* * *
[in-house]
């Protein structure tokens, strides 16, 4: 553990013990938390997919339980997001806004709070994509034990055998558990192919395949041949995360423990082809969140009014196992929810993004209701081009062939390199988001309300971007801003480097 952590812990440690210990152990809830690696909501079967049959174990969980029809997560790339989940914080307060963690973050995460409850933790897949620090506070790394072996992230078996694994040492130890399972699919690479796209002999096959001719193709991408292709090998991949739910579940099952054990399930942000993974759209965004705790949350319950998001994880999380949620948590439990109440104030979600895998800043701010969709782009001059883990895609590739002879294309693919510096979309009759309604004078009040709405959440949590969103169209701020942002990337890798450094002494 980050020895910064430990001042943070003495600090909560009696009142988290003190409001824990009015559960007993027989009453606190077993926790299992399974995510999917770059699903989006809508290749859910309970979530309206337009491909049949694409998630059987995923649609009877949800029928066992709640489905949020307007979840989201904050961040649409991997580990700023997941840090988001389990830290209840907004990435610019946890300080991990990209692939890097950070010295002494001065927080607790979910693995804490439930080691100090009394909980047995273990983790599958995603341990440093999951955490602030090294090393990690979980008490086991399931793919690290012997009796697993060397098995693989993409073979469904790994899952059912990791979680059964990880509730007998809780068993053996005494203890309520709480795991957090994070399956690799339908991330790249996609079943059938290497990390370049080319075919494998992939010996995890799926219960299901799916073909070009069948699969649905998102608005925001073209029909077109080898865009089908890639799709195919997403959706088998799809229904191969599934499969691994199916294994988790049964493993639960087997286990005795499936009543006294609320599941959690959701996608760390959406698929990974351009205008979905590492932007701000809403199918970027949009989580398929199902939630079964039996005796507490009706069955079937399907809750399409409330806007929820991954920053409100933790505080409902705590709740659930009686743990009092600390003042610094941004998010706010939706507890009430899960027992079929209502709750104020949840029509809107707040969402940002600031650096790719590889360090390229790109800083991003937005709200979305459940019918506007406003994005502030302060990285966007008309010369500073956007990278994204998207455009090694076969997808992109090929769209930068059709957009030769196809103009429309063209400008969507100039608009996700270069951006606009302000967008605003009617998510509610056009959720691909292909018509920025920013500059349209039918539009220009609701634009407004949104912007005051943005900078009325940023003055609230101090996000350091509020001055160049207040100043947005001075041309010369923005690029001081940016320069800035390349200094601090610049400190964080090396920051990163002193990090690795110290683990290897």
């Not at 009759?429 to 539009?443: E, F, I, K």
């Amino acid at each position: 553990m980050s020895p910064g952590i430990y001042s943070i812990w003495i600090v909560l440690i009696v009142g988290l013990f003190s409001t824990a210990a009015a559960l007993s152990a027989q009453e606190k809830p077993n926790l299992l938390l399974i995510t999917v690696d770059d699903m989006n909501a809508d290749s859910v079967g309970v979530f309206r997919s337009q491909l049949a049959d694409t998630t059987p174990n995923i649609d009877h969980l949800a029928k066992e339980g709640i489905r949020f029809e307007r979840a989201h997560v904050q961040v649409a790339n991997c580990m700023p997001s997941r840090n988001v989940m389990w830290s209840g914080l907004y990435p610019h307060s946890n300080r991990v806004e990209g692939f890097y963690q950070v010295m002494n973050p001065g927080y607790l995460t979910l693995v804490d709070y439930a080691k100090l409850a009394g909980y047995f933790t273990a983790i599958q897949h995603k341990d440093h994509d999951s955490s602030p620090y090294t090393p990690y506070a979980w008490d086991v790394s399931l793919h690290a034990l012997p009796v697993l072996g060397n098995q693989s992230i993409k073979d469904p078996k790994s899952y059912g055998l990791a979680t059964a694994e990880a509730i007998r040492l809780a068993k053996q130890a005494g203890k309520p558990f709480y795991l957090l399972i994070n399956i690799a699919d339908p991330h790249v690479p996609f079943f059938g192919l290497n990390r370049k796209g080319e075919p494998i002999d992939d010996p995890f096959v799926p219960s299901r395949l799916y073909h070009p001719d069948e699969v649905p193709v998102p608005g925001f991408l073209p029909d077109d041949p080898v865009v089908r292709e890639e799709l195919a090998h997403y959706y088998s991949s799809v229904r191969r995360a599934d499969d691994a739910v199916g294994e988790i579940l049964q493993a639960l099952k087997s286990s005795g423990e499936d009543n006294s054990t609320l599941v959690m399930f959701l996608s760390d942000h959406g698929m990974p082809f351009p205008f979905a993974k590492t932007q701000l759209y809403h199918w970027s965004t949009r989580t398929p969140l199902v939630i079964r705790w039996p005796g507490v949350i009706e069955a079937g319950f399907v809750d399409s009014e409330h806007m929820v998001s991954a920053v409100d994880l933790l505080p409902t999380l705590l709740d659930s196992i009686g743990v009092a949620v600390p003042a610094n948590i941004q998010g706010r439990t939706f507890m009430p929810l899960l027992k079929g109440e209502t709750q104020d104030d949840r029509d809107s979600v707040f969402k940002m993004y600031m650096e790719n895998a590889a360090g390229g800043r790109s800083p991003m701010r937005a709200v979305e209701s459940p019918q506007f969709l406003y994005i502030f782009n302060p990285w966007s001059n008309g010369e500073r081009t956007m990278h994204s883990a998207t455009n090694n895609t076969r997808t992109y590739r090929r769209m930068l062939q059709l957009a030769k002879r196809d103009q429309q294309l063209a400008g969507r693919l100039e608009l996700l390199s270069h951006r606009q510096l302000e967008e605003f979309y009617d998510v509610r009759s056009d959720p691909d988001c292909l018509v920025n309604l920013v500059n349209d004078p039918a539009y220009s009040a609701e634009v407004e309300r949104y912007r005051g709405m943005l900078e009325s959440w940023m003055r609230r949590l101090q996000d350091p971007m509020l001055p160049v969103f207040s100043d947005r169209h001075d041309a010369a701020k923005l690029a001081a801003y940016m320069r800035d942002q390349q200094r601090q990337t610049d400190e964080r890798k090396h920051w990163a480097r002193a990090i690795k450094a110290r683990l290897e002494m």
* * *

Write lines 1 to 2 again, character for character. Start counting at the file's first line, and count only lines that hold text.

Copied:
[in-house]
């Protein structure tokens, strides 16, 4: 553990013990938390997919339980997001806004709070994509034990055998558990192919395949041949995360423990082809969140009014196992929810993004209701081009062939390199988001309300971007801003480097 952590812990440690210990152990809830690696909501079967049959174990969980029809997560790339989940914080307060963690973050995460409850933790897949620090506070790394072996992230078996694994040492130890399972699919690479796209002999096959001719193709991408292709090998991949739910579940099952054990399930942000993974759209965004705790949350319950998001994880999380949620948590439990109440104030979600895998800043701010969709782009001059883990895609590739002879294309693919510096979309009759309604004078009040709405959440949590969103169209701020942002990337890798450094002494 980050020895910064430990001042943070003495600090909560009696009142988290003190409001824990009015559960007993027989009453606190077993926790299992399974995510999917770059699903989006809508290749859910309970979530309206337009491909049949694409998630059987995923649609009877949800029928066992709640489905949020307007979840989201904050961040649409991997580990700023997941840090988001389990830290209840907004990435610019946890300080991990990209692939890097950070010295002494001065927080607790979910693995804490439930080691100090009394909980047995273990983790599958995603341990440093999951955490602030090294090393990690979980008490086991399931793919690290012997009796697993060397098995693989993409073979469904790994899952059912990791979680059964990880509730007998809780068993053996005494203890309520709480795991957090994070399956690799339908991330790249996609079943059938290497990390370049080319075919494998992939010996995890799926219960299901799916073909070009069948699969649905998102608005925001073209029909077109080898865009089908890639799709195919997403959706088998799809229904191969599934499969691994199916294994988790049964493993639960087997286990005795499936009543006294609320599941959690959701996608760390959406698929990974351009205008979905590492932007701000809403199918970027949009989580398929199902939630079964039996005796507490009706069955079937399907809750399409409330806007929820991954920053409100933790505080409902705590709740659930009686743990009092600390003042610094941004998010706010939706507890009430899960027992079929209502709750104020949840029509809107707040969402940002600031650096790719590889360090390229790109800083991003937005709200979305459940019918506007406003994005502030302060990285966007008309010369500073956007990278994204998207455009090694076969997808992109090929769209930068059709957009030769196809103009429309063209400008969507100039608009996700270069951006606009302000967008605003009617998510509610056009959720691909292909018509920025920013500059349209039918539009220009609701634009407004949104912007005051943005900078009325940023003055609230101090996000350091509020001055160049207040100043947005001075041309010369923005690029001081940016320069800035390349200094601090610049400190964080090396920051990163002193990090690795110290683990290897």